Filtering by Tag: The Boy with the Cuckoo-Clock Heart

Commercials and Life

I really don't care how hipster Instagram is. I love using it. There's something irresistibly charming about seeing the world through a phone. Little moments on the go. I look forward to sharing fragments from my life, as well as seeing what my friends are up to in their travels. And I've discovered that an old college buddy of mine is rocking Instagram. Meet Colby.

I'm really proud to say we're friends. In college, we lived down the hall from each other in the dorms. I remember stepping into her dimly-lit dorm room - one of the few dorms in the building that smelled nice. More than nice. Colby was always using a strong, cakey sweet perfume. I'd sit on her bed, admiring her Marilyn Monroe / Michael Jackson / Abraham Lincoln posters as she went through her beauty regimen. I'd always been interested in the past, but I think spending time with Colby strengthened that desire to immerse myself in all things vintage and research my favorite time periods. She also made me think about female role models.

Before college, I can't say I really had any. Except for maybe the heroines in the books I read. But along came Colby with her intense love for Marilyn Monroe. For our senior projects, Colby gave a riveting hour-long presentation about how different biographers have portrayed MM over the years (while my presentation had been on mermaids in folklore, using Vladimir Propp's version of structuralism - turning fairy tales into equations. So. Much. Fun).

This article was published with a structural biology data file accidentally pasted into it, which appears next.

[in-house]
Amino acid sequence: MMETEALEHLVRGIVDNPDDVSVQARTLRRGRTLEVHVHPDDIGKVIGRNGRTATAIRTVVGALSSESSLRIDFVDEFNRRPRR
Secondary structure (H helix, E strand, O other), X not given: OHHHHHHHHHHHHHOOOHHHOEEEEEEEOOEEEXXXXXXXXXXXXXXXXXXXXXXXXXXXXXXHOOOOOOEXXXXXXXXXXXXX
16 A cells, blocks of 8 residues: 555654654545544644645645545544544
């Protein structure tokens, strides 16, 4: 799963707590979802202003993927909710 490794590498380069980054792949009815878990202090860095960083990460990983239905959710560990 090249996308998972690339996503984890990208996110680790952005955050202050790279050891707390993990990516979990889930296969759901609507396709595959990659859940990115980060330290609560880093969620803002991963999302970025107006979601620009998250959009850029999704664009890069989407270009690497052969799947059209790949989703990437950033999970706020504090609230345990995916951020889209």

MM wasn't quite for me, though. I looked at other Old Hollywood starlets. Who won? Mary Pickford, of course. Jeez, she was wonderful.

But Audrey Hepburn came in second. I love how she carries herself, a confidence that I've rarely seen. There's something mysterious about her as well. So far, I've seen Breakfast at Tiffany's and My Fair Lady. Though both films are classics, I can't say I like either that much. That's the weird part. I'm not too thrilled with the films (or even the prospects of watching the other ones), but I love the woman herself. I get the shivers every time I hear the lines from Sky Sailing's "Sailboats" song:

Once in 1964
An actress ran on the shore
And though you'll never return,
I love you Audrey Hepburn
Sometimes I can see your face in the crowd

And when I saw the brand-new commercial that Dove Chocolate released, I was in awe: